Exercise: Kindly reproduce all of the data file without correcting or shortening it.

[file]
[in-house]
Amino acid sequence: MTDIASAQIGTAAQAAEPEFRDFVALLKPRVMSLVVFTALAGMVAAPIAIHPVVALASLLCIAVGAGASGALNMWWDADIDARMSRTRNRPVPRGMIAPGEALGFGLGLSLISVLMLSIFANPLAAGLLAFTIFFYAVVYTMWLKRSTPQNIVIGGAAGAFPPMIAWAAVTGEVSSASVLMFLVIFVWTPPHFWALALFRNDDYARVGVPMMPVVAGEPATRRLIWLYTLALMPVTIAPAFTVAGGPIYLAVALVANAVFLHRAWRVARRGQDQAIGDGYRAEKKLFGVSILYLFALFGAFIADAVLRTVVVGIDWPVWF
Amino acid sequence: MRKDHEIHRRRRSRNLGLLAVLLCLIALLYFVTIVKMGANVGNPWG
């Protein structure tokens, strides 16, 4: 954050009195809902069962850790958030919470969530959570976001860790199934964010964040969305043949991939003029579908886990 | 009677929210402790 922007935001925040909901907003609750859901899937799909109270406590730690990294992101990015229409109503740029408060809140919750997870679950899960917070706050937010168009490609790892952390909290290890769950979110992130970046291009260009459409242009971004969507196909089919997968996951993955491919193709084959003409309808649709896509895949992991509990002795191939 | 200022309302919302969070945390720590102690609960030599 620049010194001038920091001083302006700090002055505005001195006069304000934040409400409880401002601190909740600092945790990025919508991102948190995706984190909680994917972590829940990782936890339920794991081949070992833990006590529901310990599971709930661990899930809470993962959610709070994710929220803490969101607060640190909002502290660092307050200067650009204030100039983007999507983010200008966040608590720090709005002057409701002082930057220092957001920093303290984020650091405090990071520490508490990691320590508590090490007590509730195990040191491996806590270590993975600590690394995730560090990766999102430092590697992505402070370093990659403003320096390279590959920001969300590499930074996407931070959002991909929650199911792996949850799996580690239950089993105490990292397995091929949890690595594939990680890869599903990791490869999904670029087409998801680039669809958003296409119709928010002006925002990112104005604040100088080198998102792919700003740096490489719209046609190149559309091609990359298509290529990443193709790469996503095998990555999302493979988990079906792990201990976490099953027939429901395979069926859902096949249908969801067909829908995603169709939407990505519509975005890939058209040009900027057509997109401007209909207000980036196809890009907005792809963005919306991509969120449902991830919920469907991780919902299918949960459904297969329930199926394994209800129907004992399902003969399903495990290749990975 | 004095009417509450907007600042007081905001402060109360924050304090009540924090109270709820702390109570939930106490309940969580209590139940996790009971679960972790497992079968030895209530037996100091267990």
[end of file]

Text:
[in-house]
Amino acid sequence: MTDIASAQIGTAAQAAEPEFRDFVALLKPRVMSLVVFTALAGMVAAPIAIHPVVALASLLCIAVGAGASGALNMWWDADIDARMSRTRNRPVPRGMIAPGEALGFGLGLSLISVLMLSIFANPLAAGLLAFTIFFYAVVYTMWLKRSTPQNIVIGGAAGAFPPMIAWAAVTGEVSSASVLMFLVIFVWTPPHFWALALFRNDDYARVGVPMMPVVAGEPATRRLIWLYTLALMPVTIAPAFTVAGGPIYLAVALVANAVFLHRAWRVARRGQDQAIGDGYRAEKKLFGVSILYLFALFGAFIADAVLRTVVVGIDWPVWF
Amino acid sequence: MRKDHEIHRRRRSRNLGLLAVLLCLIALLYFVTIVKMGANVGNPWG
């Protein structure tokens, strides 16, 4: 954050009195809902069962850790958030919470969530959570976001860790199934964010964040969305043949991939003029579908886990 | 009677929210402790 922007935001925040909901907003609750859901899937799909109270406590730690990294992101990015229409109503740029408060809140919750997870679950899960917070706050937010168009490609790892952390909290290890769950979110992130970046291009260009459409242009971004969507196909089919997968996951993955491919193709084959003409309808649709896509895949992991509990002795191939 | 200022309302919302969070945390720590102690609960030599 620049010194001038920091001083302006700090002055505005001195006069304000934040409400409880401002601190909740600092945790990025919508991102948190995706984190909680994917972590829940990782936890339920794991081949070992833990006590529901310990599971709930661990899930809470993962959610709070994710929220803490969101607060640190909002502290660092307050200067650009204030100039983007999507983010200008966040608590720090709005002057409701002082930057220092957001920093303290984020650091405090990071520490508490990691320590508590090490007590509730195990040191491996806590270590993975600590690394995730560090990766999102430092590697992505402070370093990659403003320096390279590959920001969300590499930074996407931070959002991909929650199911792996949850799996580690239950089993105490990292397995091929949890690595594939990680890869599903990791490869999904670029087409998801680039669809958003296409119709928010002006925002990112104005604040100088080198998102792919700003740096490489719209046609190149559309091609990359298509290529990443193709790469996503095998990555999302493979988990079906792990201990976490099953027939429901395979069926859902096949249908969801067909829908995603169709939407990505519509975005890939058209040009900027057509997109401007209909207000980036196809890009907005792809963005919306991509969120449902991830919920469907991780919902299918949960459904297969329930199926394994209800129907004992399902003969399903495990290749990975 | 004095009417509450907007600042007081905001402060109360924050304090009540924090109270709820702390109570939930106490309940969580209590139940996790009971679960972790497992079968030895209530037996100091267990």